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Native-American Names

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What's in a Name

The ancient tribal tradition of the Delaware Indians of Oklahoma bestowed the function of name-giving on those individuals blessed with visions inspired by the Creator. They also took great care to choose names with elements that would serve the bearers well throughout their lives.

What's in a Name

Popular 1940s actress Tallulah Bankhead's given name comes from the Choctaw word meaning “leaping water.”

Misnomers

Another reason for being careful when choosing Native American names is the simple fact that the meanings behind them often aren't appropriate when used by anyone other than the individual to whom the name was originally given.

For being able to claim ownership of the only truly American names, the Indians of the “New World” have had little or no impact on the personal names used in the United States until very recently. Today, there's no denying the current trend for capturing some of these names for use by people of other ethnic backgrounds. Part of it may be driven by the current fashion of using place names as first names; if you choose a name like Dakota or Wyoming for your baby, you are, by default, giving your child a Native American name. The popular movie Dances with Wolves that was released nearly a decade ago also had a lot to do with the popularity of this name fashion. Names with Native American connections, such as Dakota and Winona, were uncommon before the movie came out; they greatly gained in use following its release.

Travel much beyond this, however, and you may very well be going where you shouldn't without even realizing it. Of course, the chances are pretty good that choosing one of these names will never be the source of a significant culture clash for either you or your child. However, unless you're a Native American (in which case you've probably already consulted a tribal elder for help in choosing a name), or you're adopting a baby with this heritage, it still may not be the best idea—even if you have the best of intentions—for the following reasons:

  • Traditions vary widely among tribes. What may be an acceptable borrowing of a name to some tribes may be unthinkable to others.
  • In some tribes, the use of names is highly restrictive. Certain names can only be used by specific families within the tribe, and can only be transferred by loan or gift. Using a name of this sort without first receiving permission could be considered an enormous faux pas or even theft. At a minimum, it's an affront to a specific culture and race.
  • For some Native American tribes, personal names are kept very private, sometimes even secret, and reserved for use only among other members of the same tribe. When members of one of these tribes are with people not of their own group, they'll often use “public” names instead of their true given names.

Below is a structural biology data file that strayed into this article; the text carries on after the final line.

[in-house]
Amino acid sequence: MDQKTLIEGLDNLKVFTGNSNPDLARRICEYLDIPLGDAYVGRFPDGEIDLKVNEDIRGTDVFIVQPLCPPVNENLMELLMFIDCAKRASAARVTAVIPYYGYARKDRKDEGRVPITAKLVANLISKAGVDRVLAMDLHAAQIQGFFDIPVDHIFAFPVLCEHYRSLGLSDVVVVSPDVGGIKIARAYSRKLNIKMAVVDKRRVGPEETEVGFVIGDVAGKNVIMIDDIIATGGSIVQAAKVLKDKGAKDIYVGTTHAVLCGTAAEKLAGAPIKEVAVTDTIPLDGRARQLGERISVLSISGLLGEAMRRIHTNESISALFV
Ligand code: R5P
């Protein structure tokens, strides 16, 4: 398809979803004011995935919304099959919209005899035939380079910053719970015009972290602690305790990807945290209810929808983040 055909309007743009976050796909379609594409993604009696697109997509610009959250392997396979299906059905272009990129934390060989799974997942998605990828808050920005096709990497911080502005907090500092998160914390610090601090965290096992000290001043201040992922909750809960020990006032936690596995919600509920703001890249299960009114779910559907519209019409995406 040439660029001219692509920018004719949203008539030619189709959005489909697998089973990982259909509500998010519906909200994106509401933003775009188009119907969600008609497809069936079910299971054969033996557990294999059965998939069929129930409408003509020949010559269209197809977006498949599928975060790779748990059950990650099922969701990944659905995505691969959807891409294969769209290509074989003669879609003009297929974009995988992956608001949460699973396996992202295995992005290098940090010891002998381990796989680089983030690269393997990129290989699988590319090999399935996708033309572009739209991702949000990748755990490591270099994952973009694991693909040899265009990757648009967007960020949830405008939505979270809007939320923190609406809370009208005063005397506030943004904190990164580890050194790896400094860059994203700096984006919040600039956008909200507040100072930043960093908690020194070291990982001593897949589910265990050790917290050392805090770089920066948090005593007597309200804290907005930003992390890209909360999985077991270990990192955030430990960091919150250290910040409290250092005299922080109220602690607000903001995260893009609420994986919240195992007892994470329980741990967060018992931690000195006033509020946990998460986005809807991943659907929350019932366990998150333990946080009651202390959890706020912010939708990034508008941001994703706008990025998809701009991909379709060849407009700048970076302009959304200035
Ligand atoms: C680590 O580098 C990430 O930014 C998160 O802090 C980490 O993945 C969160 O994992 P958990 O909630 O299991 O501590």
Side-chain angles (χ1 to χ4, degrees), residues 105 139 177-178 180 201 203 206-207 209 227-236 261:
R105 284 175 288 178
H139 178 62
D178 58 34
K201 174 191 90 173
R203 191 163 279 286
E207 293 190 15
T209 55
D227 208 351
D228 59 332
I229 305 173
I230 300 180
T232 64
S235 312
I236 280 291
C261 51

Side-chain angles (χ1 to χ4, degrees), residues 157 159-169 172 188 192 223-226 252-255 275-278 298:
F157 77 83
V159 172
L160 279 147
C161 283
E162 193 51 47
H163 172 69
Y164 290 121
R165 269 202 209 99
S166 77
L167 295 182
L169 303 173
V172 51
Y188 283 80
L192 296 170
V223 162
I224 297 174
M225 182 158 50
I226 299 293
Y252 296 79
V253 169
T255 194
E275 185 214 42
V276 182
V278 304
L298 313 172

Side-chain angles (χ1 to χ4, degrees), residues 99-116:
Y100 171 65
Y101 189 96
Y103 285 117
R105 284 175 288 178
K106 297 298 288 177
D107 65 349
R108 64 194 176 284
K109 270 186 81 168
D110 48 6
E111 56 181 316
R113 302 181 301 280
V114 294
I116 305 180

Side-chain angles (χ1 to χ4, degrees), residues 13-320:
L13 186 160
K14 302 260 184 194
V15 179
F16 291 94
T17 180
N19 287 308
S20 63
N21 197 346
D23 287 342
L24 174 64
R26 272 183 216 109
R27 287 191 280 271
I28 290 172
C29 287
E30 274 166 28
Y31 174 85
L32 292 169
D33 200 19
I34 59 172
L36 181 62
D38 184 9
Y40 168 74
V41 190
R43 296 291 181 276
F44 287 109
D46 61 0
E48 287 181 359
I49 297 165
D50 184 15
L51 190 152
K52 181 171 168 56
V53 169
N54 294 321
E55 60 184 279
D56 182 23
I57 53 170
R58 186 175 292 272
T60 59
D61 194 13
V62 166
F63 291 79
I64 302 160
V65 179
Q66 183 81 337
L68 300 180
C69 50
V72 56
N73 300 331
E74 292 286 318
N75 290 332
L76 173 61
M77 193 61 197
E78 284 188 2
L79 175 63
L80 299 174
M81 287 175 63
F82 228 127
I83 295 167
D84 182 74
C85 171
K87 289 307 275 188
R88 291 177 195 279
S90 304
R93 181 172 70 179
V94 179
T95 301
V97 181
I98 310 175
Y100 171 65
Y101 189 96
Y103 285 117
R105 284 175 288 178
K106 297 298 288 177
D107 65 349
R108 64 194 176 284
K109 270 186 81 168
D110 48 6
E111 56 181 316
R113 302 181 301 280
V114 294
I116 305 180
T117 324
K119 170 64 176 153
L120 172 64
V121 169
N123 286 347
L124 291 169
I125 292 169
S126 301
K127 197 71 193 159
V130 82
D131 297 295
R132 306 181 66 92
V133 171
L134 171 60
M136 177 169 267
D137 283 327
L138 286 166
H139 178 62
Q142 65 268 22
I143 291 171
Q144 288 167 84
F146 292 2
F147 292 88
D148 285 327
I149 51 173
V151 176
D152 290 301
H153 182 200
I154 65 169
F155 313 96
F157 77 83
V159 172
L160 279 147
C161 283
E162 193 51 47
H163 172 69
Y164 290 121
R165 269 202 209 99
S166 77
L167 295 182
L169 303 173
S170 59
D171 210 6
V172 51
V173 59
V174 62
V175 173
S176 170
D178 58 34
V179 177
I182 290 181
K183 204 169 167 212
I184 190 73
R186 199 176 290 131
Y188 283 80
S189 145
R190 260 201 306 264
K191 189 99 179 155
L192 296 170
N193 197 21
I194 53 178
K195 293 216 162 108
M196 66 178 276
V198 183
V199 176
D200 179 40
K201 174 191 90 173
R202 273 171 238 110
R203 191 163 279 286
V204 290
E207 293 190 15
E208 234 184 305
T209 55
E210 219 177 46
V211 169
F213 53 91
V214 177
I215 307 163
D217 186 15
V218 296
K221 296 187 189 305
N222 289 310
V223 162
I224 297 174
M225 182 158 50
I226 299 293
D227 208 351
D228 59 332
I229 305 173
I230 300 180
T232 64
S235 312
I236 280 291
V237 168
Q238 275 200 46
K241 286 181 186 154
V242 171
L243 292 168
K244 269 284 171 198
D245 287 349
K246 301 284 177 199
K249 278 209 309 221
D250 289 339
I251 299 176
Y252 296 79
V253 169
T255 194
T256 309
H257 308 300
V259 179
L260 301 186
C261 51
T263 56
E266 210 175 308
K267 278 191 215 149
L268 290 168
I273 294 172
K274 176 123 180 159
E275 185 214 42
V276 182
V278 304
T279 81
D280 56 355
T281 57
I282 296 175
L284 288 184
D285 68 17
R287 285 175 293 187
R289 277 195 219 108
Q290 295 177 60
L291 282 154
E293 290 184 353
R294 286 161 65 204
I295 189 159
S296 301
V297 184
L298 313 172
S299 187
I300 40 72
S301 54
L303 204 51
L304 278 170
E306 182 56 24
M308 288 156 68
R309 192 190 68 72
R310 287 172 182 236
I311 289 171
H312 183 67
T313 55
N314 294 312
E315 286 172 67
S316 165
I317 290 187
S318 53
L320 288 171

• Many Native American names are created specifically for the bearer or to describe various stages of the bearer's life. For this reason, there are very few common Native American names.

Names such as Woo-ka-nay (“arched nose”), which was the real name of the Cheyenne warrior Roman Nose, or Wa Tha Huck, the original name of legendary Indian athlete Jim Thorpe (it means “bright path”), are clearly names chosen by tribal elders and given to specific people. As such, they really aren't appropriate for use by others.

What's in a Name

The Siouan name Winona is found in 28 states. In some cases, the name celebrates the fictional mother of Hiawatha as found in Longfellow's Song of Hiawatha. Other uses of the name refer to the cousin of Wabasha, the last Siouan chief.

Alphabet Soup

An ordinal name is a name that denotes the order in which children are born.

Still, there are ways of integrating Native American influences into given names if you really want to do so. Using words from Native American languages that relate to elements of nature—such as Tawa, the Hopi word for sun—is the approach taken by many parents who choose this name fashion. Some ordinal names, such as the Sioux name Winona, which means “eldest female child,” are also in common use and can be used by non-Native Americans. Tribal names in common use, such as Dakota, are also acceptable, as are geographic place names.

Sources for these names include:

  • Native American chronologies and encyclopedias
  • Tribal histories and almanacs
  • Books on Native American mythology and terminology
  • Books on various aspects of Native American culture



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Excerpted from The Complete Idiot's Guide to Baby Names © 1999 by Sonia Weiss. All rights reserved including the right of reproduction in whole or in part in any form. Used by arrangement with Alpha Books, a member of Penguin Group (USA) Inc.

To order this book visit the Idiot's Guide web site or call 1-800-253-6476.


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